Robert Christgau: Dean of American Rock Critics

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The Dirty Dozen Brass Band

  • My Feet Can't Fail Me Now [George Wein Collection, 1984] B
  • Mardi Gras in Montreux: Live [Rounder, 1986] B+
  • Voodoo [Columbia, 1989] B
  • This Is the Dirty Dozen Brass Band [Shout! Factory, 2005]
  • What's Going On [Shout! Factory, 2007] Choice Cuts
  • Twenty Dozen [Savoy Jazz, 2012] **

Consumer Guide Reviews:

My Feet Can't Fail Me Now [George Wein Collection, 1984]
I may never get over early reports describing this New Orleans neotrad octet as "funky," which I took to mean that in addition to integrating Monk and Bird tunes into marching-band polyphony they had a bottom like James Brown or at least the Meters. After one listen, I realized what I already knew--that to get a funk beat out of tuba, bass, drum, and snares isn't difficult, it's impossible. Maybe the big deal is that they're not only fun in a mild, neotrad way, but also what Dr. John used to call "fonky"--that even though they play jazz, people dance to it. A not inconsiderable conceptual triumph, but those who dance a lot anyway are unlikely to appreciate it. Upped a notch for integrating Monk and Bird tunes into marching-band polyphony. B

Mardi Gras in Montreux: Live [Rounder, 1986]
No longer bummed out by false promises of funk, we can settle for fun. Even if it's right to suspect that their synthesis is less than historic, their lively, unsentimental update of New Orleans jazz heritage proves once again that the best way to honor the dead is with a party. But not that the guest of honor should get up in his best suit and sing "Stormy Monday." B+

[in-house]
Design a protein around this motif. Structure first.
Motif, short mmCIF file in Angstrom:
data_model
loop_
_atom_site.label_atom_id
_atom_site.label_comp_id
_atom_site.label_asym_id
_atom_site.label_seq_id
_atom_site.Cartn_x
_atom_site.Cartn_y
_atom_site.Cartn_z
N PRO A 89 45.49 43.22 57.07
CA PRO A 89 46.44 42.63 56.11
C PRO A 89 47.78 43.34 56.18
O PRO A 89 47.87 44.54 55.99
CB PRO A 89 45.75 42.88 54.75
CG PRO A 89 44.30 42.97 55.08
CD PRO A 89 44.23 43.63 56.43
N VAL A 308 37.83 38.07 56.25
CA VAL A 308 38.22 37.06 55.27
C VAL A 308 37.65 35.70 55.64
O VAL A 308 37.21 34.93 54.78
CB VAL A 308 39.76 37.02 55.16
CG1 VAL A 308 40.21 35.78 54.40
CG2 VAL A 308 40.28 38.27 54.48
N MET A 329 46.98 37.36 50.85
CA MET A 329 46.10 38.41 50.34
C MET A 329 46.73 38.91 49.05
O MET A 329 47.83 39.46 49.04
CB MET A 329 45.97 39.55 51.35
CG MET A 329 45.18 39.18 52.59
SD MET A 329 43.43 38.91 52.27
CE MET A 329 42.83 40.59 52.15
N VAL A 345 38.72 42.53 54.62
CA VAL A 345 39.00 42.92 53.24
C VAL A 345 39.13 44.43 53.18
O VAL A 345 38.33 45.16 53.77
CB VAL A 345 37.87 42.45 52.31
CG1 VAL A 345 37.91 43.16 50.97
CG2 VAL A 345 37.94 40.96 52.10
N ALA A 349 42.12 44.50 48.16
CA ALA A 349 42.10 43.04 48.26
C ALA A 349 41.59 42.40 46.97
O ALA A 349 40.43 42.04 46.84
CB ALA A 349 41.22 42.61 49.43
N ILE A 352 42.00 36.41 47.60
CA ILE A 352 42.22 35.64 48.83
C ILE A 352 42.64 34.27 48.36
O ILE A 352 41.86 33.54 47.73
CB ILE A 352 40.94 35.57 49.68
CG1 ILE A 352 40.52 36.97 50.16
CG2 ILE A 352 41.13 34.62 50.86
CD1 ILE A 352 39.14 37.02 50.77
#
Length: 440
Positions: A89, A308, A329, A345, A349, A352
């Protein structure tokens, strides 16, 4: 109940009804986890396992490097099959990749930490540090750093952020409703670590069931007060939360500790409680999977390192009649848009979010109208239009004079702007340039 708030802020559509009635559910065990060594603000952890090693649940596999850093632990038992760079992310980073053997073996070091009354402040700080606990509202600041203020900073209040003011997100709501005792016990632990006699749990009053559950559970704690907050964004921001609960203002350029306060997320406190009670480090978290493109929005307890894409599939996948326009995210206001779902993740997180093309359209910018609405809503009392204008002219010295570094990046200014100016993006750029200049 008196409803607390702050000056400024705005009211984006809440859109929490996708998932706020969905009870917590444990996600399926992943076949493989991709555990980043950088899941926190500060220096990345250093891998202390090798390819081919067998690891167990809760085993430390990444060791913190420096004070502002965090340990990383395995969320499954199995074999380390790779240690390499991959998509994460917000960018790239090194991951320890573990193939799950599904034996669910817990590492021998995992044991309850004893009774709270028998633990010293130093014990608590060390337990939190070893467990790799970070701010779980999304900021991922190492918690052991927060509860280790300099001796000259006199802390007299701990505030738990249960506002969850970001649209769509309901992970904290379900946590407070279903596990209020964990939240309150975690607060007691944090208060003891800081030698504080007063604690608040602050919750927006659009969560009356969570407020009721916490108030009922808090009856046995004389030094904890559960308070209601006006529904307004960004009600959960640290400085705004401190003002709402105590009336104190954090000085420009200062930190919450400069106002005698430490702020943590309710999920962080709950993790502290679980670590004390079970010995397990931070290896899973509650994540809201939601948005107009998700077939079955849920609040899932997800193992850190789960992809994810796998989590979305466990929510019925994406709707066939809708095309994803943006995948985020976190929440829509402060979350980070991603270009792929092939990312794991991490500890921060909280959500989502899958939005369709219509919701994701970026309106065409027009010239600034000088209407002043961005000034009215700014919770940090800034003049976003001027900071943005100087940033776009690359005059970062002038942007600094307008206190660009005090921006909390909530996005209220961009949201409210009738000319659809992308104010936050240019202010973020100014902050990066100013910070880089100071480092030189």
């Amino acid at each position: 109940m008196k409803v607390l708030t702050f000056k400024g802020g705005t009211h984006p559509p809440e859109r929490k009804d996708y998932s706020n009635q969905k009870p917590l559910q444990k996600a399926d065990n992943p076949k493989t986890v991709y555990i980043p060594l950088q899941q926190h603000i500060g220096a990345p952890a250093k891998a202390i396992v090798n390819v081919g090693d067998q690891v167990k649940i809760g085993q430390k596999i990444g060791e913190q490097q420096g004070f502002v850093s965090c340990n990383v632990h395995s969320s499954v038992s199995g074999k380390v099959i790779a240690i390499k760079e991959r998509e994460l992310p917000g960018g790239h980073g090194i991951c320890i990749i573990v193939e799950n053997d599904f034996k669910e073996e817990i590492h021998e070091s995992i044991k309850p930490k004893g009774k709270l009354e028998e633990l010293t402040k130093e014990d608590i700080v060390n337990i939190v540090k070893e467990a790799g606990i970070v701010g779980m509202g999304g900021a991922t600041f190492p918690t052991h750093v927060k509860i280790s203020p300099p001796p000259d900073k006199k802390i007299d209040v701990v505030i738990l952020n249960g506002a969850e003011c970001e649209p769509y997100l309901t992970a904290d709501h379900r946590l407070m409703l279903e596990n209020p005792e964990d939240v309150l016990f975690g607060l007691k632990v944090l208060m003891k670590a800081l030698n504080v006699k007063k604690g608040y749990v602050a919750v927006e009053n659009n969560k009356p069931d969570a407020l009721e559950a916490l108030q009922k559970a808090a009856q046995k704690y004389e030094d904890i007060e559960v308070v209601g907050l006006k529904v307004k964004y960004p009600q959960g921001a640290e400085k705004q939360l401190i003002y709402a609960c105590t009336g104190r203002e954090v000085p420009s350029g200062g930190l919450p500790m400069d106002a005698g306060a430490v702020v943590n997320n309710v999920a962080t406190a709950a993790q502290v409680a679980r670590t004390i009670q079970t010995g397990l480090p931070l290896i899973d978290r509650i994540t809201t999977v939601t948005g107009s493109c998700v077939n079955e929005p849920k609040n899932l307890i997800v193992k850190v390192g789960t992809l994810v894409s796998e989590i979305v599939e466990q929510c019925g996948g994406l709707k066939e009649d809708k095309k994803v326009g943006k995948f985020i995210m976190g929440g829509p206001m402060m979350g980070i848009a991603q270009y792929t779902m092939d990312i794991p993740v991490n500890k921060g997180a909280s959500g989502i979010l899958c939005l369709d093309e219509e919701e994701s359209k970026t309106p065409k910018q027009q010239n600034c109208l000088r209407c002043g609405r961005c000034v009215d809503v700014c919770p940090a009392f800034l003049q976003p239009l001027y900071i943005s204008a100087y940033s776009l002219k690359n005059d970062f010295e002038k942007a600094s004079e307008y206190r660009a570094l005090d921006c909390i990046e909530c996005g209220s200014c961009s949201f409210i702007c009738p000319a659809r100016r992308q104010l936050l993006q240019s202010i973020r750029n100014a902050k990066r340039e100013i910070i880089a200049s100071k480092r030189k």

Voodoo [Columbia, 1989]
The cameos--by Dr. John, Dizzy Gillespie, and Branford Marsalis--are the giveaways, because this jaunty concept needs those guys, to sing or solo as the case may be. The headliners are the lounge band of a tourist's dreams, and that's all they are. Why in the world cover Stevie Wonder's message-laden "Don't Drive Drunk" as an instrumental (polyphonic, mais oui)? Because it's a deathless piece of music? To prove how up-to-date you are? Or to stump the clientele in a game of name-that-tune? B

This Is the Dirty Dozen Brass Band [Shout! Factory, 2005]
Strange to think it, but this amorphous outfit--go ahead, name a soloist--may be New Orleans's most original modern band, and also its most tipico, which is why. What could be more eclectically tourist-friendly than bebop-flecked polyphony over "funk" bass played on a sousaphone doing tuba duty? Yet it can be fun, no quotation marks necessary, at least on this comp, which is both looser and less schlocky than the leavings strung together on Columbia/Legacy's Jazz Moods--Hot cheapo--and includes a solo you'd want to ID, by one John Birks Gillespie, who provides a vocal you'd want to ID as well. [Recyclables]

What's Going On [Shout! Factory, 2007]
"Inner City Blues (Make Me Wanna Holler)," "What's Going On" Choice Cuts

Twenty Dozen [Savoy Jazz, 2012]
Greatest practitioners on record of America's premier you-had-to-be-there music ("Dirty Old Man," "We Gon' Roll) **

See Also